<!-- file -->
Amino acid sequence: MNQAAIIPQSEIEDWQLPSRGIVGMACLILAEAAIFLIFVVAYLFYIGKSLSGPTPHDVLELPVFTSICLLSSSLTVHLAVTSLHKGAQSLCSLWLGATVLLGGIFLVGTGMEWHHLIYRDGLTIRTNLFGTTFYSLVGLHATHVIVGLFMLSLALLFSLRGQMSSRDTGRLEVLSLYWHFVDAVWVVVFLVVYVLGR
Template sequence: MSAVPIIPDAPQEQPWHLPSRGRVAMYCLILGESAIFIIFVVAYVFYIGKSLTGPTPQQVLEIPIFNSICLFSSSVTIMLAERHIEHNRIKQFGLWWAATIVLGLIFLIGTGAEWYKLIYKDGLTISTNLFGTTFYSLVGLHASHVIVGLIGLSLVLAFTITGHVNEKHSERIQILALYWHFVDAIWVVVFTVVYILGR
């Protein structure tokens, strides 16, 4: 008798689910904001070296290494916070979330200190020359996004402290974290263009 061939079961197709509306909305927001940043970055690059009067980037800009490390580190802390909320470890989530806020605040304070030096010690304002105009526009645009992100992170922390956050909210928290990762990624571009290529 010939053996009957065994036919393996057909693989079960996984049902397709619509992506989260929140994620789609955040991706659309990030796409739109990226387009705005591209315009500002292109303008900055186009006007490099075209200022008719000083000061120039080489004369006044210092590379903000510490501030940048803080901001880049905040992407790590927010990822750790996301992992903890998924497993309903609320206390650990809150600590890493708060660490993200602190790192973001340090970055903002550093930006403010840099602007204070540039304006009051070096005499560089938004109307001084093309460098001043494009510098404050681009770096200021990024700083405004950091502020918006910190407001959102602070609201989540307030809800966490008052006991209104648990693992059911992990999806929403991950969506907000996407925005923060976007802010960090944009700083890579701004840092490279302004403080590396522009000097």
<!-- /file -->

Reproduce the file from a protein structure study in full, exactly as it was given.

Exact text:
Amino acid sequence: MNQAAIIPQSEIEDWQLPSRGIVGMACLILAEAAIFLIFVVAYLFYIGKSLSGPTPHDVLELPVFTSICLLSSSLTVHLAVTSLHKGAQSLCSLWLGATVLLGGIFLVGTGMEWHHLIYRDGLTIRTNLFGTTFYSLVGLHATHVIVGLFMLSLALLFSLRGQMSSRDTGRLEVLSLYWHFVDAVWVVVFLVVYVLGR
Template sequence: MSAVPIIPDAPQEQPWHLPSRGRVAMYCLILGESAIFIIFVVAYVFYIGKSLTGPTPQQVLEIPIFNSICLFSSSVTIMLAERHIEHNRIKQFGLWWAATIVLGLIFLIGTGAEWYKLIYKDGLTISTNLFGTTFYSLVGLHASHVIVGLIGLSLVLAFTITGHVNEKHSERIQILALYWHFVDAIWVVVFTVVYILGR
């Protein structure tokens, strides 16, 4: 008798689910904001070296290494916070979330200190020359996004402290974290263009 061939079961197709509306909305927001940043970055690059009067980037800009490390580190802390909320470890989530806020605040304070030096010690304002105009526009645009992100992170922390956050909210928290990762990624571009290529 010939053996009957065994036919393996057909693989079960996984049902397709619509992506989260929140994620789609955040991706659309990030796409739109990226387009705005591209315009500002292109303008900055186009006007490099075209200022008719000083000061120039080489004369006044210092590379903000510490501030940048803080901001880049905040992407790590927010990822750790996301992992903890998924497993309903609320206390650990809150600590890493708060660490993200602190790192973001340090970055903002550093930006403010840099602007204070540039304006009051070096005499560089938004109307001084093309460098001043494009510098404050681009770096200021990024700083405004950091502020918006910190407001959102602070609201989540307030809800966490008052006991209104648990693992059911992990999806929403991950969506907000996407925005923060976007802010960090944009700083890579701004840092490279302004403080590396522009000097």